Freddy rubbed at the tattoo and checked his phone. Late in the afternoon, no messages. The meeting was tonight. He could hold out until then. He hated Kiera for not selling to him and loved her for the same reason.
Maybe he just wanted to fuck her.
"I don't know how you can wear that sweater. It's sweltering in here."
Freddy looked around and saw no one. He was standing in the fiction section near the back. He had pushed his cart of books, M to S, and had been shelving them for an hour or so without paying attention. A few people had come by, but nobody needed anything. Freddy kept his head down. Nobody asked him much if he could help it.
"Cat got your tongue?" The voice was deep and rolled like thunder over cold mountains. Slow and will ill intent.
To his right maybe? Freddy slouched a little and got his eyes in line with the shelves. Over the tops of the books he could see nobody stretching three rows or so to the far wall. He turned left and found eyes staring right in his.
They were blue. Crystal blue surrounded by dark black hair. Freddy had gone on a trip to Key West with his mom's church group one year. They had driven eighteen hours in a hot van on the youth pastor's crusade to save the gays. On the way, they had passed Pensacola and Panama City and Tampa and signs for Walt Disney World, places a lot closer Freddy felt could use Jesus just as much as the gays.
And they were not eighteen hours away.
They had spent two days walking the beaches of the small island handing out tracts and spreading the good word. Mostly they had been laughed at, sometimes scoffed at. One man yelled at them to mind their own damn business.
One morning, Freddy had woken early and walked from the economy motel down to the beach. The sun was rising, a bright pretty day coming. Freddy spent an hour staring at the Carribean before him, thinking he could see Cuba just ninety miles away. The water glittered and stretched as far as he had ever seen. A secret lost place shining warm and lonely. The blue of the water, the depth of it existing made him feel small and cold even as the sand warmed between his toes.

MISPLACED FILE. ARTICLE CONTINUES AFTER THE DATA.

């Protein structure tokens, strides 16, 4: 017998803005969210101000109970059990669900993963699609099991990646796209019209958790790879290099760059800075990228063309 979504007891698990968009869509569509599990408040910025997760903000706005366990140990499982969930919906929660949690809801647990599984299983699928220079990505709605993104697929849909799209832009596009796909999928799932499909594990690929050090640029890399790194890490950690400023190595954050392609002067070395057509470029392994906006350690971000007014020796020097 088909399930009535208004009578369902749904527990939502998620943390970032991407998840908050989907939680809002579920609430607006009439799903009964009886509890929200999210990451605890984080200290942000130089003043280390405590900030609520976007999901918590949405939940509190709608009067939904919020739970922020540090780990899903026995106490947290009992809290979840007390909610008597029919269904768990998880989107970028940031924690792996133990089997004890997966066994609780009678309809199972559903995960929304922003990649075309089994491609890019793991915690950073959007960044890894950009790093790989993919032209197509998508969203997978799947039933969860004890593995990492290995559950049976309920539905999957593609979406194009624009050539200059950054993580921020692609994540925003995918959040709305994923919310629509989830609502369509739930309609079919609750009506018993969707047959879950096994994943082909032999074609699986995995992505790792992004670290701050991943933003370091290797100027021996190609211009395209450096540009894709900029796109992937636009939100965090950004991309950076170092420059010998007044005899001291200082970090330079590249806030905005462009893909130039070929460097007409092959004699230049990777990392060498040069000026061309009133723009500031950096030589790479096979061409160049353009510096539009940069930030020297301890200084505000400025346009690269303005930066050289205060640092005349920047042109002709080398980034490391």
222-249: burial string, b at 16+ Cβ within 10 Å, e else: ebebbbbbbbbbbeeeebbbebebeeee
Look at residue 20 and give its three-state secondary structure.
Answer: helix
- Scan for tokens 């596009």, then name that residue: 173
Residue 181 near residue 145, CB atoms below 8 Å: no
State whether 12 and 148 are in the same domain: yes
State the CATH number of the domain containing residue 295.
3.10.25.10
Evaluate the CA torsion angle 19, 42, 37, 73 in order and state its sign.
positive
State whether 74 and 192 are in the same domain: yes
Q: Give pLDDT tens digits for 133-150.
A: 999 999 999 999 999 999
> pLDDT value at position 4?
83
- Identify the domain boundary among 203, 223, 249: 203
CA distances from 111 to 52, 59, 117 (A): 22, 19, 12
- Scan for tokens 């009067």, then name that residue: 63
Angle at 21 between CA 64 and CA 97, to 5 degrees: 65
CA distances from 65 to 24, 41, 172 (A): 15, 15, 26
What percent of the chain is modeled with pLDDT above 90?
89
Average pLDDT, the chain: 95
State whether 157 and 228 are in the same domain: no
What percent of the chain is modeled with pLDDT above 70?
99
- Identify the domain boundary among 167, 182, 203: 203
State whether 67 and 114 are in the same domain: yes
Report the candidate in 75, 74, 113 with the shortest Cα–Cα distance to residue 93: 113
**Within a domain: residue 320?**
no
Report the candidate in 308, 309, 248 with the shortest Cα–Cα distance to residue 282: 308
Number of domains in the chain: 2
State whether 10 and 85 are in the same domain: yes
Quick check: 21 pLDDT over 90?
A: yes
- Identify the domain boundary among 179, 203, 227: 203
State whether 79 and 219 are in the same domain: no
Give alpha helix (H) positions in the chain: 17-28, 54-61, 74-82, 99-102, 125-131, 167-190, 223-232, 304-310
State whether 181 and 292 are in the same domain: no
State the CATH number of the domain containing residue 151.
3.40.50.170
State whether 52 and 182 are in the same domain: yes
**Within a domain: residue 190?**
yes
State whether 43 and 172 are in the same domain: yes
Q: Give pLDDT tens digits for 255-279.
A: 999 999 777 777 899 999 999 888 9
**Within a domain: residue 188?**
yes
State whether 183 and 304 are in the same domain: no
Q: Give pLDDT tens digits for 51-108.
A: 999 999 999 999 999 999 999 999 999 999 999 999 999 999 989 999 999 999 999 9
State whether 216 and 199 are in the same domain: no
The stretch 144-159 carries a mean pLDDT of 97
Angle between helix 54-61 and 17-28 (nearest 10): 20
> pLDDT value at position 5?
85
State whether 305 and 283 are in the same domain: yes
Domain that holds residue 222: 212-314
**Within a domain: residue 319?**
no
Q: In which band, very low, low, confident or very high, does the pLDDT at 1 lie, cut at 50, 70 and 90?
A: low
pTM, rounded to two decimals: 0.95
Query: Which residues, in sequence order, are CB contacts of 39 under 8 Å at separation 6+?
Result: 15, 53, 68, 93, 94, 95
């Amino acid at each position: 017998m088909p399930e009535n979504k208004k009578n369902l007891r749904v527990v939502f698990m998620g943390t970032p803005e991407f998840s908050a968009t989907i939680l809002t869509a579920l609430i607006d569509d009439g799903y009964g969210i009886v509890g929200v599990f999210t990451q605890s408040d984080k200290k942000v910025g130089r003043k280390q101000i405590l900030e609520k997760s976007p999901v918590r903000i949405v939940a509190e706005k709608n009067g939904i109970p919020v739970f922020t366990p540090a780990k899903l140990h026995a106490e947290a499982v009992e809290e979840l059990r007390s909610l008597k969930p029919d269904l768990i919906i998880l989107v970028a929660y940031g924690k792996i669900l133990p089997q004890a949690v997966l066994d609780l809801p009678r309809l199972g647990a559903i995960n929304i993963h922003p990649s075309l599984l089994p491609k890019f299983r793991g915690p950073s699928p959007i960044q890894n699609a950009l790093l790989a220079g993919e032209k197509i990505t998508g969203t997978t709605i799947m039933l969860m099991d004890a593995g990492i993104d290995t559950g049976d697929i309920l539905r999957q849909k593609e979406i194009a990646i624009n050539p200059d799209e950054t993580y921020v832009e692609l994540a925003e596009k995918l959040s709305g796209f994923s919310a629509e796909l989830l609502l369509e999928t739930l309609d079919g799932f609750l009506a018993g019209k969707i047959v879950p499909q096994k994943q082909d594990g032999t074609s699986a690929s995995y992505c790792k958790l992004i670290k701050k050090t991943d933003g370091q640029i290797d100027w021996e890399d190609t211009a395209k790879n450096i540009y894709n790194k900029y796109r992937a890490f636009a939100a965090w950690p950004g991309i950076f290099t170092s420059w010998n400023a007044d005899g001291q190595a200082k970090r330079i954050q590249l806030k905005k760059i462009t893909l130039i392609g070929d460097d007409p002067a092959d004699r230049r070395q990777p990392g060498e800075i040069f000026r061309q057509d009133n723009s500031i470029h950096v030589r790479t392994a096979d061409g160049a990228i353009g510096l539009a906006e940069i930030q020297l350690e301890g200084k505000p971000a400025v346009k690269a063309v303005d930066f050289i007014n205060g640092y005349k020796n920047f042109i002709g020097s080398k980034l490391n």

Looking into the man's eyes through the stack of books had the same effect.
"Can I help you, sir?" Freddy said.
They eyes kept on him, watching. They squinted as the man smiled. A rumble came through the shelving. Freddy realized the man was laughing at him.
"No, son. I'm doing quite well," the man said.
"Okay, well, let us know if you need anything," Freddy said. He turned away, back to the cart of books. For the first time since he had begun working at the library, he could not think of what to do with them. He rubbed absently at his tattoo.
"Maybe I can do something for you," the voice said again, this time right in front of Freddy on the other side of the book cart. The man stood like a monument to disheveled fashion. He wore a dark suit, double breasted and open to a vest and tie loose showing an open white collar. An unruly dark mane of hair wrapped his head, so dark the skin and his blue eyes popped. Those eyes in the nest of black hair popped like robin's eggs in a dark bush. Freddy lost his thoughts again.
"What?" he said.
The man picked a book from the cart. A book of poetry. "Maybe I can help you. Some advice."
"I don't think so," Freddy said.
The rumble started again and the beard moved as the man shifted his face to a smile.
"Well, Fred. That's up to you. Choices coming, big ones. One man in this place, he already became stuck. What's your thoughts on the matter?"
"I don't follow you."
The man said, "Give me time. You have a choice coming. One way or another, nothing so crude as a path. There will be someone who asks you a question about dragons and you can say no."
"A woman downstairs needs help. You can choose to help her or not. Everyone needs help, right? But how you help shows what kind of man you are."
Freddy tried to look away. "I can help you find a book or something, but if you have a reference question Mr. Chris might be better."
"Oh, he made his choice. While ago. Now it's your turn. I'll be seeing you, Fred," the man said and placed the book of poetry back on the cart. The name Milton peaked out in gold lettering.
"People call me Freddy," he said as the man turned to go. Those eyes looked back and winked. The eye closing felt like an eclipse. A secret between them, but Freddy had no idea what that could be.
"Be seeing you," the man with the black hair and suit said and turned and left.
Freddy walked after him. "Sir," he said, watching the large shape walk away. He saw the man was barefoot. Thinking of nothing else, he said, "Sir, I'm sorry, you have to wear shoes in the library."
Freddy followed the man but kept his distance. The guy was just so big, but his bare feet made no sound. Freddy reached the stacks the man had turned down and found no one.
The man had gone. Freddy felt hot suddenly, his seater confining. His tattoo burned, and he wanted the pills now more than ever.
To Be Continued…